Motherhood is a wonderful thing, or so they say – and so it should come as no surprise that Alice Lowe’s Prevenge is a wonderful film. It’s about pregnancy, and all the little things that come with it – like killing. Yes, this is a slasher/horror/dark comedy addition to the British film scene, which hasn’t seen something original since Shaun of the Dead, written, directed and starred by the woman who co-wrote Sightseers and was recently pregnant. How’s that for direct inspiration?
Ruth (Alice Lowe) is a mom-to-be on a mission: to find and kill the other 5 people involved in the tragic weekend climbing accident that killed her partner (and baby’s father). Guiding her is the voice of her unborn child – after all, baby knows best. As Ruth gets better and better at killing, – while attending regular consultations with her midwife – she gets to her final target, the climbing instructor. But is Ruth really taking revenge on the death of the only person that ever loved her, or is there something darker underneath?
Dark comedies aren’t for everyone, and if the synopsis and trailer haven’t given it away yet, be thus warned: Prevenge is as dark as they come. Lowe’s Ruth is on pair with other famous women revenge-hungry protagonists, from The Bride in Kill Bill to Alex in Fatal Attraction, and fortunately for us, gore lovers in the audience, her killings are up there with Jennifer’s in I Spit On Your Grave. Her smarts and calm nature – even when things start to go wrong – are only matched by her disdain of sporty people and, well, midwives. The script is full of extremely quotable lines and never disappoints, not even in the ending, and time flies by as we the audience can’t believe we’re having so much fun. Who doesn’t like seeing evil people having their throats cut? After all, if everyone’s evil – particularly guys called Josh – Ruth is doing the world a favour.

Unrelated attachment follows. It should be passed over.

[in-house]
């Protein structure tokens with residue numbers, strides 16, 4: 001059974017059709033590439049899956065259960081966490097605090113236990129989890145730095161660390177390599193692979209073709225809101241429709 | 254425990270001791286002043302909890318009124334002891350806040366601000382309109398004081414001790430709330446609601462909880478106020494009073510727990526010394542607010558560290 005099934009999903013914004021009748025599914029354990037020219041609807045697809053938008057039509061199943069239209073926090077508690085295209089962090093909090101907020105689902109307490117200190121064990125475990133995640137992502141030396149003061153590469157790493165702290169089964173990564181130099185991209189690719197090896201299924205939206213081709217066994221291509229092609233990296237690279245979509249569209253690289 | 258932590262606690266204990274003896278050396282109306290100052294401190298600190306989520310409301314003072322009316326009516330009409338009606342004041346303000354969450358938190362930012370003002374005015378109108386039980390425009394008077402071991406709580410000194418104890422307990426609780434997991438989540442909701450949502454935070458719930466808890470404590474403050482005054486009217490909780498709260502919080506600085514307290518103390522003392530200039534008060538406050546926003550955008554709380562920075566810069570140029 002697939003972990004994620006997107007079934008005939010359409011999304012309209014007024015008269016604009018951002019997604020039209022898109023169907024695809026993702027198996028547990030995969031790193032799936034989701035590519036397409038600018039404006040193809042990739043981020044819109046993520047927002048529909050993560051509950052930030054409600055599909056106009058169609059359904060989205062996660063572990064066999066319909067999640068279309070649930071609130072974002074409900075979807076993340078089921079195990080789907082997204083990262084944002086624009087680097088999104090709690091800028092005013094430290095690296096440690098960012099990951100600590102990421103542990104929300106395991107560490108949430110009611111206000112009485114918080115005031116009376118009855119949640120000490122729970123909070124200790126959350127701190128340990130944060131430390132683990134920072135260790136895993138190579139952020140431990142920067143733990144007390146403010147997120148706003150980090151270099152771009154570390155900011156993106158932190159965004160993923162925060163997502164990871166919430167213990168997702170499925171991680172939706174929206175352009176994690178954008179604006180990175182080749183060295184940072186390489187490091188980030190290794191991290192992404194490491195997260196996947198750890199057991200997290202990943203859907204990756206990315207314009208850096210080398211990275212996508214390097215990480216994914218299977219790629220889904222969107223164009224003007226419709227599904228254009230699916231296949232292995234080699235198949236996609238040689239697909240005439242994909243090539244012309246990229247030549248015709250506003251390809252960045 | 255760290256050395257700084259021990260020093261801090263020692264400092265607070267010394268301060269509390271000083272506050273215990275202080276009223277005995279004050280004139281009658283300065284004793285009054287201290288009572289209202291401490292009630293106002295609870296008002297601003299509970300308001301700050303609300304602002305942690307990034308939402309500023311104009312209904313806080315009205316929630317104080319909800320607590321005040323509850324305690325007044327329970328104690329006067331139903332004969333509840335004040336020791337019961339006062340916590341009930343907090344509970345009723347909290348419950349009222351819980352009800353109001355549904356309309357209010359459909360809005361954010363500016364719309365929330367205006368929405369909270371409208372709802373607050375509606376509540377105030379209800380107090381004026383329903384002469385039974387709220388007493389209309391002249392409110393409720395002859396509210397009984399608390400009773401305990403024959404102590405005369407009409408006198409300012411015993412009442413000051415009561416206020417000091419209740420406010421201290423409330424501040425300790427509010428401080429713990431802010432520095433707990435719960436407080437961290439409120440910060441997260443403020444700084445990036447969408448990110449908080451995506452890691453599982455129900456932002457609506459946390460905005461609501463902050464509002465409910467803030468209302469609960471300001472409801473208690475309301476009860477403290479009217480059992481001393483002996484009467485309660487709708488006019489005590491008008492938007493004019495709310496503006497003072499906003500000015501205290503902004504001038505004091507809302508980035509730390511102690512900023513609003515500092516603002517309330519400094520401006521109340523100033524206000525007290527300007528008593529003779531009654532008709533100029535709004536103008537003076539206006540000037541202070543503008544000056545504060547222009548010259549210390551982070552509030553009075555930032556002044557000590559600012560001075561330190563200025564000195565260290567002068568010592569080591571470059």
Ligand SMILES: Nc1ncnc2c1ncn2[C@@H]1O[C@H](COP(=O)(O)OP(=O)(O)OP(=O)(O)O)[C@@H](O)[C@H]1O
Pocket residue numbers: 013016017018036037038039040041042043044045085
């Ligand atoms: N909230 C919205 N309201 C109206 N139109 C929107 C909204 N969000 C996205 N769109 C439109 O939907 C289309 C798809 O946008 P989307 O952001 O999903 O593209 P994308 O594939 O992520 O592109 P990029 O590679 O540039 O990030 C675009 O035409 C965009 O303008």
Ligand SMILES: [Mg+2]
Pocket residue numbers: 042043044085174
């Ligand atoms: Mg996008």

It’s Lowe’s experience with low-budget filmmaking that shines through Prevenge, as the film’s unpolished energy, added to such an unusual story, feels incredibly refreshing, and proves that there is more to cinema than pretty, carefully staged shots. The soundtrack – by Pablo Clements, James Griffith and Toydrum – fits the movie like a glove (think Taxi Driver level), and the editing can go from “british council estate drama” to “german expressionism” in a matter of seconds, thanks to the careful hands of Matteo Bini.
If you ever wondered what happens to a woman’s body when nature takes over, Prevenge is the film to check. Not exactly the best choice for upcoming Valentine’s Day, though, unless you’re lucky enough to date someone with a wicked sense of humour.
Prevenge will be in UK cinemas from 10th February 2017